Multiple Myeloma Cases Double Worldwide Since 1990
According to Chinese myeloma researchers, the global incidence of multiple myeloma has more than doubled globally since 1990. In a study, data from the 2019 Global Burden of Disease study was used to calculate incidence, mortality and disability adjusted life-years associated with myeloma. The data from 2019 was then compared with the data from 1990.
The 155,688 recorded cases of myeloma worldwide in 2019 was 1.36 times higher than in 1990.
Other facts from the study noted:
- Median age at diagnosis was 70 (2019) and 75 (1990)
- The number of myeloma deaths increased 1.19 times from 51,862 in 1990 to 113,474 in 2019
- In the last 15 years, the age-standardized death rate was steady for men and was down for women
- Countries with a high social-demographic index showed higher levels of incidence and death
- Australasia, North America and Western Europe had the highest levels of incidence (46.3% of cases) and death (41.8% of cases)
- The three regions had the largest increase in incidence from 1990 to 2019 in Central Latin America, Eastern Europe, and Tropical Latin America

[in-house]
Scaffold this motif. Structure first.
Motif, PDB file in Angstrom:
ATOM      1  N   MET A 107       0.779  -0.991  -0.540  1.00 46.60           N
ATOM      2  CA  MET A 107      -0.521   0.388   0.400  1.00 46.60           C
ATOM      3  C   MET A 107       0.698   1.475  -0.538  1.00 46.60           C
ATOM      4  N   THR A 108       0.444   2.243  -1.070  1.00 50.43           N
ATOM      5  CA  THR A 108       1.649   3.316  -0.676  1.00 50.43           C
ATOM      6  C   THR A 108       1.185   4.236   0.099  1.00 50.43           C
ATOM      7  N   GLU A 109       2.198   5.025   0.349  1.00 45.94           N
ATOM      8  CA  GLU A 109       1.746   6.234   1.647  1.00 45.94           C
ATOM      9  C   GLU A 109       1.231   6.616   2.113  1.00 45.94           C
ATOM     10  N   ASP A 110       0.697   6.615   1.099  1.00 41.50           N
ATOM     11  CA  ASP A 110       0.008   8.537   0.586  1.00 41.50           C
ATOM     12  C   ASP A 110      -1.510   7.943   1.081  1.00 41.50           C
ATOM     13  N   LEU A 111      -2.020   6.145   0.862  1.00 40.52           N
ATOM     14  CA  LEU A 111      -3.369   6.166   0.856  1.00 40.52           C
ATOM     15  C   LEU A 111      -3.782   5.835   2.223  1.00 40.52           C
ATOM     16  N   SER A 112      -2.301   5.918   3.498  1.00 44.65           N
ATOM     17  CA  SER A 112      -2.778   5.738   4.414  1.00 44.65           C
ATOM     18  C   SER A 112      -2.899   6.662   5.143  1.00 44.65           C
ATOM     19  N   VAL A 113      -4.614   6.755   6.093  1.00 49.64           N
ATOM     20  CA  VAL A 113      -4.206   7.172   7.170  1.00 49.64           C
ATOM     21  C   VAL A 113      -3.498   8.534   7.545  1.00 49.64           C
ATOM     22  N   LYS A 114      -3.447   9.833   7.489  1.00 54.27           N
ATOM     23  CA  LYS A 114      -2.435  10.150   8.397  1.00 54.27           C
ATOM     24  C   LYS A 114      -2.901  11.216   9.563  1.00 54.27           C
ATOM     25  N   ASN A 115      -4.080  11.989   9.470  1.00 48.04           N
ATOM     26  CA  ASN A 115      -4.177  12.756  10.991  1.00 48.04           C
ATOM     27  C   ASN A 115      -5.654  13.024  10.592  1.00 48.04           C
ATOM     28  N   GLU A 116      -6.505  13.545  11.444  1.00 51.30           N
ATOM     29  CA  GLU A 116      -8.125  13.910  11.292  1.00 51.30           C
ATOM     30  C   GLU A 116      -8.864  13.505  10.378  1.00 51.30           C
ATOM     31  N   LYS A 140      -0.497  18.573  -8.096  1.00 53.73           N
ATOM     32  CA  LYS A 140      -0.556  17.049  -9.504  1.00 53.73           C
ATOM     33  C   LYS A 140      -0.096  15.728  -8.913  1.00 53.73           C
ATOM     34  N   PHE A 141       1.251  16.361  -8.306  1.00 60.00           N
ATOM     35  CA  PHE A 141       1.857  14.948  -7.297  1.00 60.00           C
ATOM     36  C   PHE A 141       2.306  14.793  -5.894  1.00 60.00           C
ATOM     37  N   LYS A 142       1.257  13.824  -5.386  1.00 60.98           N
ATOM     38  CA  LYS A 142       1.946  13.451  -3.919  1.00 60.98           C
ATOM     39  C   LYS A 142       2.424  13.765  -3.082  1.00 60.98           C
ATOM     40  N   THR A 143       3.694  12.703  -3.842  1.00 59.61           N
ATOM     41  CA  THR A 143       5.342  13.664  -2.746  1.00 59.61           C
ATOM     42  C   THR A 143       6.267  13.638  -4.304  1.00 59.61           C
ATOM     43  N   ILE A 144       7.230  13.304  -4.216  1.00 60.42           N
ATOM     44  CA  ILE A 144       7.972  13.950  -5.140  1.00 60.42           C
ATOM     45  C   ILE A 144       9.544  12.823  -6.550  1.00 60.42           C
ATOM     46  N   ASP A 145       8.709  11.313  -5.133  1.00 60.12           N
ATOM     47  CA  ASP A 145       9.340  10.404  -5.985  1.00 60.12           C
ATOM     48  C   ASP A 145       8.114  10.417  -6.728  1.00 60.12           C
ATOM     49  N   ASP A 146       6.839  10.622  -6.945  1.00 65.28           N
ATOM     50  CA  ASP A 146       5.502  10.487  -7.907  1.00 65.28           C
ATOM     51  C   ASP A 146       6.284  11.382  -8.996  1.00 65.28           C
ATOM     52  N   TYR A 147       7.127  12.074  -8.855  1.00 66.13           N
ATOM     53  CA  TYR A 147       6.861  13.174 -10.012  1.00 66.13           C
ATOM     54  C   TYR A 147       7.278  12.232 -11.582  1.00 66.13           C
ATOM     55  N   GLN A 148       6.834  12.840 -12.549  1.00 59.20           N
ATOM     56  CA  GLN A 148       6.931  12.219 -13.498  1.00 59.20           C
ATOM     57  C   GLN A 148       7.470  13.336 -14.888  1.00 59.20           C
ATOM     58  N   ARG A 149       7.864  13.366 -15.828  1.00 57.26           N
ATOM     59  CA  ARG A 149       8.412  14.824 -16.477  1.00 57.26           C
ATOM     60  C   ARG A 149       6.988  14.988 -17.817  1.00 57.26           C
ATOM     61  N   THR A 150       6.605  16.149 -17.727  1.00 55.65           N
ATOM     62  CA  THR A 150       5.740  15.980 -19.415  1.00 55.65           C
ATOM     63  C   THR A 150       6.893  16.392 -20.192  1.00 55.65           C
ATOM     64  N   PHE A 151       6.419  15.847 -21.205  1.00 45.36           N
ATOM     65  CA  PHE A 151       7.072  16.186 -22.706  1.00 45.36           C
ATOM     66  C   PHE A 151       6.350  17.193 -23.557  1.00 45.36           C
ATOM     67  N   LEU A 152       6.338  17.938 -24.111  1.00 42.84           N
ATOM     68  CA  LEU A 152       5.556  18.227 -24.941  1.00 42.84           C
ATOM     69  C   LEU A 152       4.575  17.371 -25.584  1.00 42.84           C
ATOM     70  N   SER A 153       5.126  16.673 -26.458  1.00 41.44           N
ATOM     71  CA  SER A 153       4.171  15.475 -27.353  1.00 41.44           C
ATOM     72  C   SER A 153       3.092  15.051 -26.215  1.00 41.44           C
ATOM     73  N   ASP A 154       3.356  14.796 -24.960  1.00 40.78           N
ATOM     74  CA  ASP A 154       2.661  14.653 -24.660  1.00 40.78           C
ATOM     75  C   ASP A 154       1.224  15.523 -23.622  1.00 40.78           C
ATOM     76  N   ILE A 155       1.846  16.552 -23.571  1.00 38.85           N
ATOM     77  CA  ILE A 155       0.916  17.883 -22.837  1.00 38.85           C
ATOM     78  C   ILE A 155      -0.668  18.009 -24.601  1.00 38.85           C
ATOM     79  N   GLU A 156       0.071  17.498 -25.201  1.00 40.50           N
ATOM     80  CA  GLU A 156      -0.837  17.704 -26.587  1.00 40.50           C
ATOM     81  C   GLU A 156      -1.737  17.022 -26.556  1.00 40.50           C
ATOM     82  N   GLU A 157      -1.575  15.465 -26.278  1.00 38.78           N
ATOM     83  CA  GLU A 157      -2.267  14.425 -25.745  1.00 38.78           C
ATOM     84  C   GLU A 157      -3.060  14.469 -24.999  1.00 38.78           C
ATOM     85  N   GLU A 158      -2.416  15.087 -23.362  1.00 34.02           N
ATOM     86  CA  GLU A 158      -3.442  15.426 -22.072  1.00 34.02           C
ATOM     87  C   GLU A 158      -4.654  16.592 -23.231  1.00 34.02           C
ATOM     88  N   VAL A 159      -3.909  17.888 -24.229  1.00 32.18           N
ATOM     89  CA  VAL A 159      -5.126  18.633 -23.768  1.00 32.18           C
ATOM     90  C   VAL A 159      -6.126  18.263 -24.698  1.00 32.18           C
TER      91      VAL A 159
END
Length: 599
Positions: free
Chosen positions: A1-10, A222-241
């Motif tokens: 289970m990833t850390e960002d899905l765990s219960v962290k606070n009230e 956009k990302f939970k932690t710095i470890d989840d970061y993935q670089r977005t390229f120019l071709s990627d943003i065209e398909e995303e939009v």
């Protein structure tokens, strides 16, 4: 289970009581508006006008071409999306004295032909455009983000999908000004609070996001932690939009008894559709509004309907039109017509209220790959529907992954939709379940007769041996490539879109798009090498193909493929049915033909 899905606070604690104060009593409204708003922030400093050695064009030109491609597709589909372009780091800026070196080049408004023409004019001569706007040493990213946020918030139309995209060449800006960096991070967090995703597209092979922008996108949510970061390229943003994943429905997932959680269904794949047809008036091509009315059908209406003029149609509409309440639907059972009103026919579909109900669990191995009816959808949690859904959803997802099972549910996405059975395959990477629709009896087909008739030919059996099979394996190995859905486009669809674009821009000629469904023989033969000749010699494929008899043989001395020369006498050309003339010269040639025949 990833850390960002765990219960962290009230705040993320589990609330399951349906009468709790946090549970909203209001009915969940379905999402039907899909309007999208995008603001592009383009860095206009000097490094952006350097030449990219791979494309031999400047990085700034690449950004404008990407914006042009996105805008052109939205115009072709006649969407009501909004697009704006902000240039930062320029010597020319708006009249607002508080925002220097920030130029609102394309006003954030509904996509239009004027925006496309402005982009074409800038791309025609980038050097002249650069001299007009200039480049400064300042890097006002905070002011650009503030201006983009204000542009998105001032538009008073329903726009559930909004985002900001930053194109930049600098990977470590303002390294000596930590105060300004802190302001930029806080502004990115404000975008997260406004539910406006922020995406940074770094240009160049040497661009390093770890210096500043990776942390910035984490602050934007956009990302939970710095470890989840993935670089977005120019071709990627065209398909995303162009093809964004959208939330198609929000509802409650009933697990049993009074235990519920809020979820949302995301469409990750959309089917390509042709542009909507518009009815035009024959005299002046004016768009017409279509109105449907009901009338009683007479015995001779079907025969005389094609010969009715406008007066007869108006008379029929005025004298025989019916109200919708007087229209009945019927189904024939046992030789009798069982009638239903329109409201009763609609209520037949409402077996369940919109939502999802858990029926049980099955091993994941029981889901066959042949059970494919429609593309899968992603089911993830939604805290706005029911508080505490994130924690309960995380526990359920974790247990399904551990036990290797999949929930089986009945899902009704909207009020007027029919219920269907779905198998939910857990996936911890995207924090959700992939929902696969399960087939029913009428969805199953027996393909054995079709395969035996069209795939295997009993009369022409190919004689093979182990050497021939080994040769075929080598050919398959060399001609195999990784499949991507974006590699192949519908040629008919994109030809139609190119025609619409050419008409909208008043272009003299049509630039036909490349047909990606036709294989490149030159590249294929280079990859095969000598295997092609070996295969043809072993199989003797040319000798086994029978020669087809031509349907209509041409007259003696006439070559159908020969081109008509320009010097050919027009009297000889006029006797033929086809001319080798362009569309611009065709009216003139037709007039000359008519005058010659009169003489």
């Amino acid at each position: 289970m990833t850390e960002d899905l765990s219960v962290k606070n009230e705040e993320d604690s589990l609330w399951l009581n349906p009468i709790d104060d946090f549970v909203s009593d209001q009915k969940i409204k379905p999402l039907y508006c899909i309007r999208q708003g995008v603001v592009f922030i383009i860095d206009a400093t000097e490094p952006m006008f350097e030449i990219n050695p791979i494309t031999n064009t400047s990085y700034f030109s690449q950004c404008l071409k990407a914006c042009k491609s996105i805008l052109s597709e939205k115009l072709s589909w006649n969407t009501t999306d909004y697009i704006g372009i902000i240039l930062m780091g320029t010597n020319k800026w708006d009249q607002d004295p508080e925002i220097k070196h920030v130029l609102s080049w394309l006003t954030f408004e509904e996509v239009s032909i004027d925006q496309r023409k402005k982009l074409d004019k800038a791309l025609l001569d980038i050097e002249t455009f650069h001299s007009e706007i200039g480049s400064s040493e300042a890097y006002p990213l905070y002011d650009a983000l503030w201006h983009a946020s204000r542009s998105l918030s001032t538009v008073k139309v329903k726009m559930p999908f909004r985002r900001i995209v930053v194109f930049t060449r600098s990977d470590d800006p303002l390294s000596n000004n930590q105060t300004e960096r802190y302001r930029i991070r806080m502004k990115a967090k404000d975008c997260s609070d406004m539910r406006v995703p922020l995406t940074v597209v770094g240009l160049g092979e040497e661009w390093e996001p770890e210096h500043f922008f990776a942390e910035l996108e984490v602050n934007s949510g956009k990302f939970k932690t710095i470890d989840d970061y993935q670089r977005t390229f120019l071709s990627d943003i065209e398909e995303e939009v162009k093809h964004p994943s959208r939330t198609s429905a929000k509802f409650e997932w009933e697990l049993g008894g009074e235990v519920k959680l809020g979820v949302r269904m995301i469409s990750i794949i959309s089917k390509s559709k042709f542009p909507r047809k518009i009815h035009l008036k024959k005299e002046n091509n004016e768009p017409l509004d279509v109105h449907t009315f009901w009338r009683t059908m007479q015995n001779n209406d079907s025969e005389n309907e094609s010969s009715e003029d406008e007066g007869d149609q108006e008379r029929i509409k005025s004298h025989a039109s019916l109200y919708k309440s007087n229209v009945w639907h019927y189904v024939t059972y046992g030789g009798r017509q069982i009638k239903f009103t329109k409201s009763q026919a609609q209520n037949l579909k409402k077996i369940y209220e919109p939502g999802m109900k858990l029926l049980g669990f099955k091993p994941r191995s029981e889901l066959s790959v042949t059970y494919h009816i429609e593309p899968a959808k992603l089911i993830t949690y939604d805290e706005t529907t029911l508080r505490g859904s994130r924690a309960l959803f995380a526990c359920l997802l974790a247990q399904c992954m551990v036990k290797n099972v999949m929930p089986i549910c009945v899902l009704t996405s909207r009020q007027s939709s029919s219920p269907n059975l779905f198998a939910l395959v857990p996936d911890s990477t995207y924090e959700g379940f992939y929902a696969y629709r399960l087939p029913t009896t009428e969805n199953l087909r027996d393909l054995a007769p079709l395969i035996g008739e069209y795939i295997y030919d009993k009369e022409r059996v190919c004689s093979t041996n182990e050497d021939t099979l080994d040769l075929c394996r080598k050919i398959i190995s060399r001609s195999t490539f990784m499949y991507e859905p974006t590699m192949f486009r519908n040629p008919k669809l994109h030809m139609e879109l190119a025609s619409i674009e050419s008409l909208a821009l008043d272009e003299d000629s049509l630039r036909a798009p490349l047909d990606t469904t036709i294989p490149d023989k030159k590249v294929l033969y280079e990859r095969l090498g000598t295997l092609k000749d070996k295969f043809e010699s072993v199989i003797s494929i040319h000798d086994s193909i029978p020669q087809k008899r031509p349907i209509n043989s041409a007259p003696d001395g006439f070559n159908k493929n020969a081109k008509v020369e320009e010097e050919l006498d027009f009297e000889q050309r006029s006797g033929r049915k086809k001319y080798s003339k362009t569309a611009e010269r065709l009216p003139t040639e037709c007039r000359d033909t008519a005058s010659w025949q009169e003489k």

- Monaco had the highest incidence and death rates, which were almost as half as high as the second highest country (Barbados)
- The United Arab Emirates and Qatar had the highest growth rates of incidence and death.
The research investigators believe that the global burden may continue with an aging population, but with lower mortality because myeloma therapy has improved significantly since 1990.
The authors believe that understanding why Monaco had so high incidence and mortality may be significant to explore the risk factors for myeloma. Their study also suggests that the percentage of a high body mass index-related myeloma increased annually. The percentage of women was higher than that of men and had a positive association with higher socio-economic determinants.
They concluded by saying:
“Globally, incident and death MM cases have more than doubled over the past 30 years. The increasing global burden may continue with population aging, whereas mortality may continue to decrease with the progression of medical technology. The global burden pattern of MM was diverse, therefore specific local strategies based on different burden patterns for MM are necessary.”